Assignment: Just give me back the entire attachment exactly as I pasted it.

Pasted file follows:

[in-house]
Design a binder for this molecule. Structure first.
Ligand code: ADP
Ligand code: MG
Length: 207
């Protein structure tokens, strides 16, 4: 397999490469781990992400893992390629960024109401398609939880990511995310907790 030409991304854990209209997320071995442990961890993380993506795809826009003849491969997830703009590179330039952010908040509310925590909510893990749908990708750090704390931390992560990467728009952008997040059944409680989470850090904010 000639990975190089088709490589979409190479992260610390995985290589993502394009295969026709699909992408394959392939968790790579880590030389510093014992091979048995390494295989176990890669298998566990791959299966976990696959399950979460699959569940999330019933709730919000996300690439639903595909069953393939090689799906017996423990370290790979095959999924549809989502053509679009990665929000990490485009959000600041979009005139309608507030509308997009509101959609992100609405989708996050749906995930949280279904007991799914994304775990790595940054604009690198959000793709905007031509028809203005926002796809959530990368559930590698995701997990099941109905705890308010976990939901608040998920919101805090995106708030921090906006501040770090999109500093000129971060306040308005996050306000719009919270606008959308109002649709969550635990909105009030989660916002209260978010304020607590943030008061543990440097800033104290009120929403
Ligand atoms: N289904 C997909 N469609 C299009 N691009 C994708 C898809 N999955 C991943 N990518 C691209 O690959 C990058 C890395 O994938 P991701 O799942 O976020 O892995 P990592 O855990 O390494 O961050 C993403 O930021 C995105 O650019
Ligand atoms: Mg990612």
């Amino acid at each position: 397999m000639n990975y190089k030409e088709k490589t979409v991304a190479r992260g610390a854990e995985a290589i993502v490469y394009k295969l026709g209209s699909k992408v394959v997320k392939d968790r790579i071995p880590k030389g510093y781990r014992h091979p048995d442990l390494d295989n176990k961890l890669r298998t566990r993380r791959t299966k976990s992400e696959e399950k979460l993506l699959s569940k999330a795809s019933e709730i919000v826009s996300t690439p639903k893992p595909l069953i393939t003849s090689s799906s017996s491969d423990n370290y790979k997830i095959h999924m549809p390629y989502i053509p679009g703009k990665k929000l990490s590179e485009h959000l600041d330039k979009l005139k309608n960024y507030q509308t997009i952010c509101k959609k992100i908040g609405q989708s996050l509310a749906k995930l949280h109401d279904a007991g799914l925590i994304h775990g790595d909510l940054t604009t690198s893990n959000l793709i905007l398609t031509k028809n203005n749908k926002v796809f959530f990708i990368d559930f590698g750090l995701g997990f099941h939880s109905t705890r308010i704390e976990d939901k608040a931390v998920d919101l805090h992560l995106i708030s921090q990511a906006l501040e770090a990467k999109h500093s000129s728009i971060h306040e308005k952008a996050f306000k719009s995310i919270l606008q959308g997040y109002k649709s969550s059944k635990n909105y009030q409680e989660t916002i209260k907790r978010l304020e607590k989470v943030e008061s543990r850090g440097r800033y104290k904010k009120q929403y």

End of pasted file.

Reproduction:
[in-house]
Design a binder for this molecule. Structure first.
Ligand code: ADP
Ligand code: MG
Length: 207
């Protein structure tokens, strides 16, 4: 397999490469781990992400893992390629960024109401398609939880990511995310907790 030409991304854990209209997320071995442990961890993380993506795809826009003849491969997830703009590179330039952010908040509310925590909510893990749908990708750090704390931390992560990467728009952008997040059944409680989470850090904010 000639990975190089088709490589979409190479992260610390995985290589993502394009295969026709699909992408394959392939968790790579880590030389510093014992091979048995390494295989176990890669298998566990791959299966976990696959399950979460699959569940999330019933709730919000996300690439639903595909069953393939090689799906017996423990370290790979095959999924549809989502053509679009990665929000990490485009959000600041979009005139309608507030509308997009509101959609992100609405989708996050749906995930949280279904007991799914994304775990790595940054604009690198959000793709905007031509028809203005926002796809959530990368559930590698995701997990099941109905705890308010976990939901608040998920919101805090995106708030921090906006501040770090999109500093000129971060306040308005996050306000719009919270606008959308109002649709969550635990909105009030989660916002209260978010304020607590943030008061543990440097800033104290009120929403
Ligand atoms: N289904 C997909 N469609 C299009 N691009 C994708 C898809 N999955 C991943 N990518 C691209 O690959 C990058 C890395 O994938 P991701 O799942 O976020 O892995 P990592 O855990 O390494 O961050 C993403 O930021 C995105 O650019
Ligand atoms: Mg990612």
């Amino acid at each position: 397999m000639n990975y190089k030409e088709k490589t979409v991304a190479r992260g610390a854990e995985a290589i993502v490469y394009k295969l026709g209209s699909k992408v394959v997320k392939d968790r790579i071995p880590k030389g510093y781990r014992h091979p048995d442990l390494d295989n176990k961890l890669r298998t566990r993380r791959t299966k976990s992400e696959e399950k979460l993506l699959s569940k999330a795809s019933e709730i919000v826009s996300t690439p639903k893992p595909l069953i393939t003849s090689s799906s017996s491969d423990n370290y790979k997830i095959h999924m549809p390629y989502i053509p679009g703009k990665k929000l990490s590179e485009h959000l600041d330039k979009l005139k309608n960024y507030q509308t997009i952010c509101k959609k992100i908040g609405q989708s996050l509310a749906k995930l949280h109401d279904a007991g799914l925590i994304h775990g790595d909510l940054t604009t690198s893990n959000l793709i905007l398609t031509k028809n203005n749908k926002v796809f959530f990708i990368d559930f590698g750090l995701g997990f099941h939880s109905t705890r308010i704390e976990d939901k608040a931390v998920d919101l805090h992560l995106i708030s921090q990511a906006l501040e770090a990467k999109h500093s000129s728009i971060h306040e308005k952008a996050f306000k719009s995310i919270l606008q959308g997040y109002k649709s969550s059944k635990n909105y009030q409680e989660t916002i209260k907790r978010l304020e607590k989470v943030e008061s543990r850090g440097r800033y104290k904010k009120q929403y």